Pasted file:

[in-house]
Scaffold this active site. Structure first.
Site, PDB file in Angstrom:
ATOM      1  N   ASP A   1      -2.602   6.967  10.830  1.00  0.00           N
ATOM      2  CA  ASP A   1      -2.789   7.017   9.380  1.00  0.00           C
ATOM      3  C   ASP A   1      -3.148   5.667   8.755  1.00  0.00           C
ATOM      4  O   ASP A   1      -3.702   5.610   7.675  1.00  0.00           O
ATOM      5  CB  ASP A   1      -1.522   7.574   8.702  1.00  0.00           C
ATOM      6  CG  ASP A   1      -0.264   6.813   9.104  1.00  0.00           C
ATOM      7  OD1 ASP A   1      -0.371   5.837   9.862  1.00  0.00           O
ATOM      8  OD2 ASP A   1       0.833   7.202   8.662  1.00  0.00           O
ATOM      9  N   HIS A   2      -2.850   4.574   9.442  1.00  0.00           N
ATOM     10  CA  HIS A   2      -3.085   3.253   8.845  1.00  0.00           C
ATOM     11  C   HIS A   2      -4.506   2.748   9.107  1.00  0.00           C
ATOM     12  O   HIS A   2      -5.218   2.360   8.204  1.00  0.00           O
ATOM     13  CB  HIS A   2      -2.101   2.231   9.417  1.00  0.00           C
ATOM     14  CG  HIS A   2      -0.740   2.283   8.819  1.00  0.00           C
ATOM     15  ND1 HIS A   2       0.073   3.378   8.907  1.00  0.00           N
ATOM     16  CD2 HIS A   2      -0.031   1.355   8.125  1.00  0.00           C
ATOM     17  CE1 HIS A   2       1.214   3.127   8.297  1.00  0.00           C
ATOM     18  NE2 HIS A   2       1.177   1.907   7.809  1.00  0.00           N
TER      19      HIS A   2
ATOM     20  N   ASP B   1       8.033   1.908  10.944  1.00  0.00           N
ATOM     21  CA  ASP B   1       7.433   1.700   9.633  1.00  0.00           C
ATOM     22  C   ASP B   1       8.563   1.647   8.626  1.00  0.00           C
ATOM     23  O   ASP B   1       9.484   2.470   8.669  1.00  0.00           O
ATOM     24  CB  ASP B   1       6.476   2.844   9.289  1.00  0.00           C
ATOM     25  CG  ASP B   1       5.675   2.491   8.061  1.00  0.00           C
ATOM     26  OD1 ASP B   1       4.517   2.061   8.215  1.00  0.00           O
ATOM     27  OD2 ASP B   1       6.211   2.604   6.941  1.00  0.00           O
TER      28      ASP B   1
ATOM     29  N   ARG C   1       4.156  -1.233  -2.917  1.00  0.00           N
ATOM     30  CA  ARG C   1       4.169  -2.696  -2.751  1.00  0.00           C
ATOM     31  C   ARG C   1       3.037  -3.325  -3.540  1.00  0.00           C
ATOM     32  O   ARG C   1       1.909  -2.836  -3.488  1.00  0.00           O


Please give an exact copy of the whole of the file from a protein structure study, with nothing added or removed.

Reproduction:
[in-house]
Scaffold this active site. Structure first.
Site, PDB file in Angstrom:
ATOM      1  N   ASP A   1      -2.602   6.967  10.830  1.00  0.00           N
ATOM      2  CA  ASP A   1      -2.789   7.017   9.380  1.00  0.00           C
ATOM      3  C   ASP A   1      -3.148   5.667   8.755  1.00  0.00           C
ATOM      4  O   ASP A   1      -3.702   5.610   7.675  1.00  0.00           O
ATOM      5  CB  ASP A   1      -1.522   7.574   8.702  1.00  0.00           C
ATOM      6  CG  ASP A   1      -0.264   6.813   9.104  1.00  0.00           C
ATOM      7  OD1 ASP A   1      -0.371   5.837   9.862  1.00  0.00           O
ATOM      8  OD2 ASP A   1       0.833   7.202   8.662  1.00  0.00           O
ATOM      9  N   HIS A   2      -2.850   4.574   9.442  1.00  0.00           N
ATOM     10  CA  HIS A   2      -3.085   3.253   8.845  1.00  0.00           C
ATOM     11  C   HIS A   2      -4.506   2.748   9.107  1.00  0.00           C
ATOM     12  O   HIS A   2      -5.218   2.360   8.204  1.00  0.00           O
ATOM     13  CB  HIS A   2      -2.101   2.231   9.417  1.00  0.00           C
ATOM     14  CG  HIS A   2      -0.740   2.283   8.819  1.00  0.00           C
ATOM     15  ND1 HIS A   2       0.073   3.378   8.907  1.00  0.00           N
ATOM     16  CD2 HIS A   2      -0.031   1.355   8.125  1.00  0.00           C
ATOM     17  CE1 HIS A   2       1.214   3.127   8.297  1.00  0.00           C
ATOM     18  NE2 HIS A   2       1.177   1.907   7.809  1.00  0.00           N
TER      19      HIS A   2
ATOM     20  N   ASP B   1       8.033   1.908  10.944  1.00  0.00           N
ATOM     21  CA  ASP B   1       7.433   1.700   9.633  1.00  0.00           C
ATOM     22  C   ASP B   1       8.563   1.647   8.626  1.00  0.00           C
ATOM     23  O   ASP B   1       9.484   2.470   8.669  1.00  0.00           O
ATOM     24  CB  ASP B   1       6.476   2.844   9.289  1.00  0.00           C
ATOM     25  CG  ASP B   1       5.675   2.491   8.061  1.00  0.00           C
ATOM     26  OD1 ASP B   1       4.517   2.061   8.215  1.00  0.00           O
ATOM     27  OD2 ASP B   1       6.211   2.604   6.941  1.00  0.00           O
TER      28      ASP B   1
ATOM     29  N   ARG C   1       4.156  -1.233  -2.917  1.00  0.00           N
ATOM     30  CA  ARG C   1       4.169  -2.696  -2.751  1.00  0.00           C
ATOM     31  C   ARG C   1       3.037  -3.325  -3.540  1.00  0.00           C
ATOM     32  O   ARG C   1       1.909  -2.836  -3.488  1.00  0.00           O